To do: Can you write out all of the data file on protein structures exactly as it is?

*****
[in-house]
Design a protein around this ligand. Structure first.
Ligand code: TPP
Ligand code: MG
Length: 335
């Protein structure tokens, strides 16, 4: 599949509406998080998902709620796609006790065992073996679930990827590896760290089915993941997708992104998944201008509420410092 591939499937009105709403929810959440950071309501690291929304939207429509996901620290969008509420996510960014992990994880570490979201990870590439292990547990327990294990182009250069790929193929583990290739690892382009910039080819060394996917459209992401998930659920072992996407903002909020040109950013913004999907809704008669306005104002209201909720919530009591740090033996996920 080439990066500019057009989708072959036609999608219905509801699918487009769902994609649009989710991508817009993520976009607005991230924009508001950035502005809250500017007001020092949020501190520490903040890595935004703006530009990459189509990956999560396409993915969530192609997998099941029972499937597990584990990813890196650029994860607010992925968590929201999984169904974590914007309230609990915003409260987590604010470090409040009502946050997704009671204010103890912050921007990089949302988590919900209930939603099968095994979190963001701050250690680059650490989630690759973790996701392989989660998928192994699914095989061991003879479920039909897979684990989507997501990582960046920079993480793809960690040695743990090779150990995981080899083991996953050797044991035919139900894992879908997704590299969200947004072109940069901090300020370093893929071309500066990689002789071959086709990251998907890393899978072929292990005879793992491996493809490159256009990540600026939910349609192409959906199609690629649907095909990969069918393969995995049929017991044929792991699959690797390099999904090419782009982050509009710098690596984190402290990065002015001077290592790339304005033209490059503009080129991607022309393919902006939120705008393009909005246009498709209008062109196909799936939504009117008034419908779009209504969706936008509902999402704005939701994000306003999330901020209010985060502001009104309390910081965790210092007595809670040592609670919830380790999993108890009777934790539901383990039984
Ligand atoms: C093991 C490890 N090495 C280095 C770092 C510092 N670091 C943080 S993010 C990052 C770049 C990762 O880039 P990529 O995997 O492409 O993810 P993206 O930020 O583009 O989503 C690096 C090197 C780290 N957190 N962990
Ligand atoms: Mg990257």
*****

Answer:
[in-house]
Design a protein around this ligand. Structure first.
Ligand code: TPP
Ligand code: MG
Length: 335
């Protein structure tokens, strides 16, 4: 599949509406998080998902709620796609006790065992073996679930990827590896760290089915993941997708992104998944201008509420410092 591939499937009105709403929810959440950071309501690291929304939207429509996901620290969008509420996510960014992990994880570490979201990870590439292990547990327990294990182009250069790929193929583990290739690892382009910039080819060394996917459209992401998930659920072992996407903002909020040109950013913004999907809704008669306005104002209201909720919530009591740090033996996920 080439990066500019057009989708072959036609999608219905509801699918487009769902994609649009989710991508817009993520976009607005991230924009508001950035502005809250500017007001020092949020501190520490903040890595935004703006530009990459189509990956999560396409993915969530192609997998099941029972499937597990584990990813890196650029994860607010992925968590929201999984169904974590914007309230609990915003409260987590604010470090409040009502946050997704009671204010103890912050921007990089949302988590919900209930939603099968095994979190963001701050250690680059650490989630690759973790996701392989989660998928192994699914095989061991003879479920039909897979684990989507997501990582960046920079993480793809960690040695743990090779150990995981080899083991996953050797044991035919139900894992879908997704590299969200947004072109940069901090300020370093893929071309500066990689002789071959086709990251998907890393899978072929292990005879793992491996493809490159256009990540600026939910349609192409959906199609690629649907095909990969069918393969995995049929017991044929792991699959690797390099999904090419782009982050509009710098690596984190402290990065002015001077290592790339304005033209490059503009080129991607022309393919902006939120705008393009909005246009498709209008062109196909799936939504009117008034419908779009209504969706936008509902999402704005939701994000306003999330901020209010985060502001009104309390910081965790210092007595809670040592609670919830380790999993108890009777934790539901383990039984
Ligand atoms: C093991 C490890 N090495 C280095 C770092 C510092 N670091 C943080 S993010 C990052 C770049 C990762 O880039 P990529 O995997 O492409 O993810 P993206 O930020 O583009 O989503 C690096 C090197 C780290 N957190 N962990
Ligand atoms: Mg990257």